Skey-type tourniquet

Made:
London
maker:
Arnold and Sons

Buy this image as a print 

Buy

License this image for commercial use at Science and Society Picture Library

License

Buy this image as a print 

Buy

License this image for commercial use at Science and Society Picture Library

License

Science Museum Group Collection
© The Board of Trustees of the Science Museum

Science Museum Group
© The Board of Trustees of the Science Museum

Skey's tourniquet, oval adjustable frame with fixed and screw-down pressure pads, by Arnold, c. 1866-1927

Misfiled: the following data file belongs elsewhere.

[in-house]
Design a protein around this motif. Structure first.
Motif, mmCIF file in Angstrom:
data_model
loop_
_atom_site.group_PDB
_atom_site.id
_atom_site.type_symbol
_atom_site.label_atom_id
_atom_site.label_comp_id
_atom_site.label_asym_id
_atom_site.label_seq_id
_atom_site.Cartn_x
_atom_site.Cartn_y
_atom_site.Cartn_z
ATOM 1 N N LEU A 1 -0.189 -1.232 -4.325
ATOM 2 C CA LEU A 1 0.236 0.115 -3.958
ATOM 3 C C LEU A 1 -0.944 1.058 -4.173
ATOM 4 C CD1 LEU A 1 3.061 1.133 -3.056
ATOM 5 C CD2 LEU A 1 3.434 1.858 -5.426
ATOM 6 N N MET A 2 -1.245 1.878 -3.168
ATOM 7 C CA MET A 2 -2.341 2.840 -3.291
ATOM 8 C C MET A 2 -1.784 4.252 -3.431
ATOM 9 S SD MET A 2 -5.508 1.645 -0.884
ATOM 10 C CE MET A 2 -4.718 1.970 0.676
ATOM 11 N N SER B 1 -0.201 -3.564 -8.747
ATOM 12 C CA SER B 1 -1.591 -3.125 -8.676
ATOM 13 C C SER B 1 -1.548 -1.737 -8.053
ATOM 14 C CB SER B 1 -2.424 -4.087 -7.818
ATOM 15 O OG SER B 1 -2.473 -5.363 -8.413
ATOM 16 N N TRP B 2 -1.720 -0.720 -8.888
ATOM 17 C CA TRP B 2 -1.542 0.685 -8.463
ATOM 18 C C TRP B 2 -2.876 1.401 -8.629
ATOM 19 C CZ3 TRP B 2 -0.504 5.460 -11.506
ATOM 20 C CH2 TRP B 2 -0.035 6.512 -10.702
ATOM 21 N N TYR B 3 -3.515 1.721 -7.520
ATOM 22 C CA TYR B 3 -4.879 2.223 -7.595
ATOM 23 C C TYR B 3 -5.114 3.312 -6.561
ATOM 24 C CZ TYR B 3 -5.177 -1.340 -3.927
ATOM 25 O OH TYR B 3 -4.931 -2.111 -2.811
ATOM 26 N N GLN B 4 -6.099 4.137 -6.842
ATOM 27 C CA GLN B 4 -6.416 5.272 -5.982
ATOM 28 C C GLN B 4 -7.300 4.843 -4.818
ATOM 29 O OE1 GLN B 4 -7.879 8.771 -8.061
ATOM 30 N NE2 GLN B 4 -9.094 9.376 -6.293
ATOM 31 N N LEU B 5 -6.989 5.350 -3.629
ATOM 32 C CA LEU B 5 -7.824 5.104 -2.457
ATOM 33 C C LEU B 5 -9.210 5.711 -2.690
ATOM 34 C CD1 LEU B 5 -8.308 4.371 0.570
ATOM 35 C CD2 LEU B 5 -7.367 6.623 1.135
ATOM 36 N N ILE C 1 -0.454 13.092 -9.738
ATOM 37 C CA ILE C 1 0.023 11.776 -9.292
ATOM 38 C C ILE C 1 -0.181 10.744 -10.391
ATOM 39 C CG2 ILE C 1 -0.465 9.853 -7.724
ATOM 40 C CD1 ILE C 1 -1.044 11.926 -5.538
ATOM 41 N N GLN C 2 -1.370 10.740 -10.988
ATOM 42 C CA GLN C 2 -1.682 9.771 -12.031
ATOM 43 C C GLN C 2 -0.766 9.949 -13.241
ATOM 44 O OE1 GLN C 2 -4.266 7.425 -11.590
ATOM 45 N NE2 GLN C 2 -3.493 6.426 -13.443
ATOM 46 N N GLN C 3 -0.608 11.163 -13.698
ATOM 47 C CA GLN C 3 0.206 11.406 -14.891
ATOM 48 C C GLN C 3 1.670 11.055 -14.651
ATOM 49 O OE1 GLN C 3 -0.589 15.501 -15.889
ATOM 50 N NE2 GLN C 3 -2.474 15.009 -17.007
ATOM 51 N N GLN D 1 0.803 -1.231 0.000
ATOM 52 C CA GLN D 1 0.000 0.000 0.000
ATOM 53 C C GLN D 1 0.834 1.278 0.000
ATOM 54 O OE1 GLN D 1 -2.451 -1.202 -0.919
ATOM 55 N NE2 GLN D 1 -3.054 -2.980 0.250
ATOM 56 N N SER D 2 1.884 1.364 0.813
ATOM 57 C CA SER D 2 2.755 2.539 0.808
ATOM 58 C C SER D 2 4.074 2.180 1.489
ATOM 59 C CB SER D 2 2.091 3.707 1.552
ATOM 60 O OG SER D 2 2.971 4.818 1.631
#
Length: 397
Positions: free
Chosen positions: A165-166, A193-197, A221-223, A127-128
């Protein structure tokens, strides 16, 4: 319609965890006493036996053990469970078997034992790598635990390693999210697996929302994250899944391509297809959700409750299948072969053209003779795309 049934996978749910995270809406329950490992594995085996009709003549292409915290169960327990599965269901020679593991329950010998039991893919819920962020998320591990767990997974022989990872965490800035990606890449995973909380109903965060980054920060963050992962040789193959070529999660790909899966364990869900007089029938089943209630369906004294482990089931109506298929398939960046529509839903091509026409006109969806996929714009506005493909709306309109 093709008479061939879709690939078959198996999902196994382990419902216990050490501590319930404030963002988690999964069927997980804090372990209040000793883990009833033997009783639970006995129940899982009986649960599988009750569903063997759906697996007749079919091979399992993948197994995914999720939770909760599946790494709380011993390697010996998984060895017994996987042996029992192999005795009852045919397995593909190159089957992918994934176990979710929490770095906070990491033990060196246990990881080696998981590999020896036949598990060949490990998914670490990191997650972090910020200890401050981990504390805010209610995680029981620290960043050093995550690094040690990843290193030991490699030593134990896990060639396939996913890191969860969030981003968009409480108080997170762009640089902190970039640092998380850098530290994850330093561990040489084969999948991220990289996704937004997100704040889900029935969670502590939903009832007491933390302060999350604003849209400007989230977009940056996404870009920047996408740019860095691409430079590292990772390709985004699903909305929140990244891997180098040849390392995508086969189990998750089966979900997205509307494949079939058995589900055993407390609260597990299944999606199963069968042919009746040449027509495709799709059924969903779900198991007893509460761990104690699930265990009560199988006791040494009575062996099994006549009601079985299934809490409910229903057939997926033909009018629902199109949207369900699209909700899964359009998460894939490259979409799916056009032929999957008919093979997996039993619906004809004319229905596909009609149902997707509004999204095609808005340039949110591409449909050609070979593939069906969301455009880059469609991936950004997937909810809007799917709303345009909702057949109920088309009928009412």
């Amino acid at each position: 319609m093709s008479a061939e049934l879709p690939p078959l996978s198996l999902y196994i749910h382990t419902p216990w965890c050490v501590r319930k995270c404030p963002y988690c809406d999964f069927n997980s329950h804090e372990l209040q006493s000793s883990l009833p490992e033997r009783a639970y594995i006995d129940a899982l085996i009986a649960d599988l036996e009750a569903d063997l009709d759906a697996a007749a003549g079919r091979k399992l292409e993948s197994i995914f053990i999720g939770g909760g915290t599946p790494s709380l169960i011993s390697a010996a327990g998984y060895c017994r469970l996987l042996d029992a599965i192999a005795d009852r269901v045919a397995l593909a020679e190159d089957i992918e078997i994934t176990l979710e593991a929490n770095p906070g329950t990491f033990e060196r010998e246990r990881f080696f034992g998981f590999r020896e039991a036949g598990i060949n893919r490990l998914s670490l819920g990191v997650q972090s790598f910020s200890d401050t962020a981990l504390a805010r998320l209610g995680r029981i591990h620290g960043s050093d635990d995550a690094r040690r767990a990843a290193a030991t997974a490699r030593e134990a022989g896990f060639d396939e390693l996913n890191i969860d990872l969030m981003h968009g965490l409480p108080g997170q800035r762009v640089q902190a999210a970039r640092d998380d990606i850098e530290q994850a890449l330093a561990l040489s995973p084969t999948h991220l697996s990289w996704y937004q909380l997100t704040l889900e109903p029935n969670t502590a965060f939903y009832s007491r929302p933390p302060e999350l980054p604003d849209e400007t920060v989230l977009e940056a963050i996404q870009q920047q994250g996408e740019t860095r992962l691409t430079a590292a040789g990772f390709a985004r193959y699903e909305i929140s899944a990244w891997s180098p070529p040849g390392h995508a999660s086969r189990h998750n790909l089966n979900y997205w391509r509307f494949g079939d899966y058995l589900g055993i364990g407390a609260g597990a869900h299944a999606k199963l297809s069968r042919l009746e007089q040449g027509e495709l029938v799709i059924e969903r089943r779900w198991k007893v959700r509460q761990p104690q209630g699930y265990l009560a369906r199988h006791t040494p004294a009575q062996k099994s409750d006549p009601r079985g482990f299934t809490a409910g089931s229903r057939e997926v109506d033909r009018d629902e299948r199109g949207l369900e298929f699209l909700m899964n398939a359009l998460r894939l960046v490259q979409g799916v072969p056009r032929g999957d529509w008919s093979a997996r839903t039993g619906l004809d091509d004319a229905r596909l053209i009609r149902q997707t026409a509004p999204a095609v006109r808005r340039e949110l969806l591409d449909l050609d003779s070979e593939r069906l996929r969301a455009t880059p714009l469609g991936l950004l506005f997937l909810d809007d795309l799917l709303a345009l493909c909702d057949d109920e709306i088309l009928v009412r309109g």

This tourniquet was used to compress and control heavy bleeding during operations. It is composed of a flexible steel ring fitted with two pads, whose position can be adjusted by screws. This tourniquet could be used to compress a whole limb or a specific artery. Due to its design the pads were the only two points where pressure was applied, allowing the other arteries and veins to function as normal. Made by Arnold & Sons, this type of tourniquet was shown at the Great Exhibition of 1851 and was invented by Frederick Carpenter Skey (1798-1872), an English surgeon. It was not uncommon for surgeons to devise new instruments to help their work.

Details

Category:
Surgery
Object Number:
A600722
Materials:
complete, felt, metal (unknown) and steel (metal)
type:
tourniquet